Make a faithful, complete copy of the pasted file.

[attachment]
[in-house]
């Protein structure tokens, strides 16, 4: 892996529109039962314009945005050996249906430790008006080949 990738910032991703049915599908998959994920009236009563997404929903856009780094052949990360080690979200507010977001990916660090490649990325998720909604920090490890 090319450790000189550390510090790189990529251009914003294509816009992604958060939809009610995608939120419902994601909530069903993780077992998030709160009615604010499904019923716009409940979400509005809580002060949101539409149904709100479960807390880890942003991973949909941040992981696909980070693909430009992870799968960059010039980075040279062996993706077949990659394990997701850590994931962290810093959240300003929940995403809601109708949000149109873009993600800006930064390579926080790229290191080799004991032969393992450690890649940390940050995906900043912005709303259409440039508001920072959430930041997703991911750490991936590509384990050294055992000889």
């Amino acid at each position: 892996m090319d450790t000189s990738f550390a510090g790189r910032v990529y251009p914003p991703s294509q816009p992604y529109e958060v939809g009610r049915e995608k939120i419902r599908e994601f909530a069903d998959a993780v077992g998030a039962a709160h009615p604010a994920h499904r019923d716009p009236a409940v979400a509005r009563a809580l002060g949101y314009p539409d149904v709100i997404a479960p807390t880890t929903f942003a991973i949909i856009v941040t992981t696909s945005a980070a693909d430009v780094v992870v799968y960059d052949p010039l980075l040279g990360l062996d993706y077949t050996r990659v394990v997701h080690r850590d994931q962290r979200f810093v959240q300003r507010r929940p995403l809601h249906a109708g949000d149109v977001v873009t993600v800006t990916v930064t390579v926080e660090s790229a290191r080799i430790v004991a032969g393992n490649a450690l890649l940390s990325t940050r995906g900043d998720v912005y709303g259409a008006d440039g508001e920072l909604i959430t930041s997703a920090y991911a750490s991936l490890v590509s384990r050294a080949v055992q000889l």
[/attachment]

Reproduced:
[in-house]
């Protein structure tokens, strides 16, 4: 892996529109039962314009945005050996249906430790008006080949 990738910032991703049915599908998959994920009236009563997404929903856009780094052949990360080690979200507010977001990916660090490649990325998720909604920090490890 090319450790000189550390510090790189990529251009914003294509816009992604958060939809009610995608939120419902994601909530069903993780077992998030709160009615604010499904019923716009409940979400509005809580002060949101539409149904709100479960807390880890942003991973949909941040992981696909980070693909430009992870799968960059010039980075040279062996993706077949990659394990997701850590994931962290810093959240300003929940995403809601109708949000149109873009993600800006930064390579926080790229290191080799004991032969393992450690890649940390940050995906900043912005709303259409440039508001920072959430930041997703991911750490991936590509384990050294055992000889």
């Amino acid at each position: 892996m090319d450790t000189s990738f550390a510090g790189r910032v990529y251009p914003p991703s294509q816009p992604y529109e958060v939809g009610r049915e995608k939120i419902r599908e994601f909530a069903d998959a993780v077992g998030a039962a709160h009615p604010a994920h499904r019923d716009p009236a409940v979400a509005r009563a809580l002060g949101y314009p539409d149904v709100i997404a479960p807390t880890t929903f942003a991973i949909i856009v941040t992981t696909s945005a980070a693909d430009v780094v992870v799968y960059d052949p010039l980075l040279g990360l062996d993706y077949t050996r990659v394990v997701h080690r850590d994931q962290r979200f810093v959240q300003r507010r929940p995403l809601h249906a109708g949000d149109v977001v873009t993600v800006t990916v930064t390579v926080e660090s790229a290191r080799i430790v004991a032969g393992n490649a450690l890649l940390s990325t940050r995906g900043d998720v912005y709303g259409a008006d440039g508001e920072l909604i959430t930041s997703a920090y991911a750490s991936l490890v590509s384990r050294a080949v055992q000889l």